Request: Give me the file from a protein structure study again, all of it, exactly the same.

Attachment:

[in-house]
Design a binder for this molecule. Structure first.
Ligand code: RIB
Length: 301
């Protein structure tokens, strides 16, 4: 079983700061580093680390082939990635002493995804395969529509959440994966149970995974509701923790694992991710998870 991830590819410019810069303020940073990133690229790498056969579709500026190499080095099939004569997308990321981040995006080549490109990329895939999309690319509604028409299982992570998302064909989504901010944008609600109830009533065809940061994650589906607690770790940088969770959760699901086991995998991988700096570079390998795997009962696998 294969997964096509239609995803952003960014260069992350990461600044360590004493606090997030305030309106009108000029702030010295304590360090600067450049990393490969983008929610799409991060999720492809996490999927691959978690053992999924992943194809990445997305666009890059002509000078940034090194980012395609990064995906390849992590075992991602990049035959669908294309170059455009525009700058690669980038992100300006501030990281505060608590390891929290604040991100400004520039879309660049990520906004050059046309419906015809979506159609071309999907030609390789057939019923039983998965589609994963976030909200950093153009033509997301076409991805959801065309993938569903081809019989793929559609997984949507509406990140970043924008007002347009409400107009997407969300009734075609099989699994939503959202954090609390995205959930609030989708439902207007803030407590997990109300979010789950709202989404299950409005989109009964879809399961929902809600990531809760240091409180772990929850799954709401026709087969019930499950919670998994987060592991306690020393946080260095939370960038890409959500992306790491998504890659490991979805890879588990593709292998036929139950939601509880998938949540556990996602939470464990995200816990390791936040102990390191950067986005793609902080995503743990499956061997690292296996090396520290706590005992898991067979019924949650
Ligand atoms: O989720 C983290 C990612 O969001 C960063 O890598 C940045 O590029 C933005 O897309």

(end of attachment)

[in-house]
Design a binder for this molecule. Structure first.
Ligand code: RIB
Length: 301
């Protein structure tokens, strides 16, 4: 079983700061580093680390082939990635002493995804395969529509959440994966149970995974509701923790694992991710998870 991830590819410019810069303020940073990133690229790498056969579709500026190499080095099939004569997308990321981040995006080549490109990329895939999309690319509604028409299982992570998302064909989504901010944008609600109830009533065809940061994650589906607690770790940088969770959760699901086991995998991988700096570079390998795997009962696998 294969997964096509239609995803952003960014260069992350990461600044360590004493606090997030305030309106009108000029702030010295304590360090600067450049990393490969983008929610799409991060999720492809996490999927691959978690053992999924992943194809990445997305666009890059002509000078940034090194980012395609990064995906390849992590075992991602990049035959669908294309170059455009525009700058690669980038992100300006501030990281505060608590390891929290604040991100400004520039879309660049990520906004050059046309419906015809979506159609071309999907030609390789057939019923039983998965589609994963976030909200950093153009033509997301076409991805959801065309993938569903081809019989793929559609997984949507509406990140970043924008007002347009409400107009997407969300009734075609099989699994939503959202954090609390995205959930609030989708439902207007803030407590997990109300979010789950709202989404299950409005989109009964879809399961929902809600990531809760240091409180772990929850799954709401026709087969019930499950919670998994987060592991306690020393946080260095939370960038890409959500992306790491998504890659490991979805890879588990593709292998036929139950939601509880998938949540556990996602939470464990995200816990390791936040102990390191950067986005793609902080995503743990499956061997690292296996090396520290706590005992898991067979019924949650
Ligand atoms: O989720 C983290 C990612 O969001 C960063 O890598 C940045 O590029 C933005 O897309």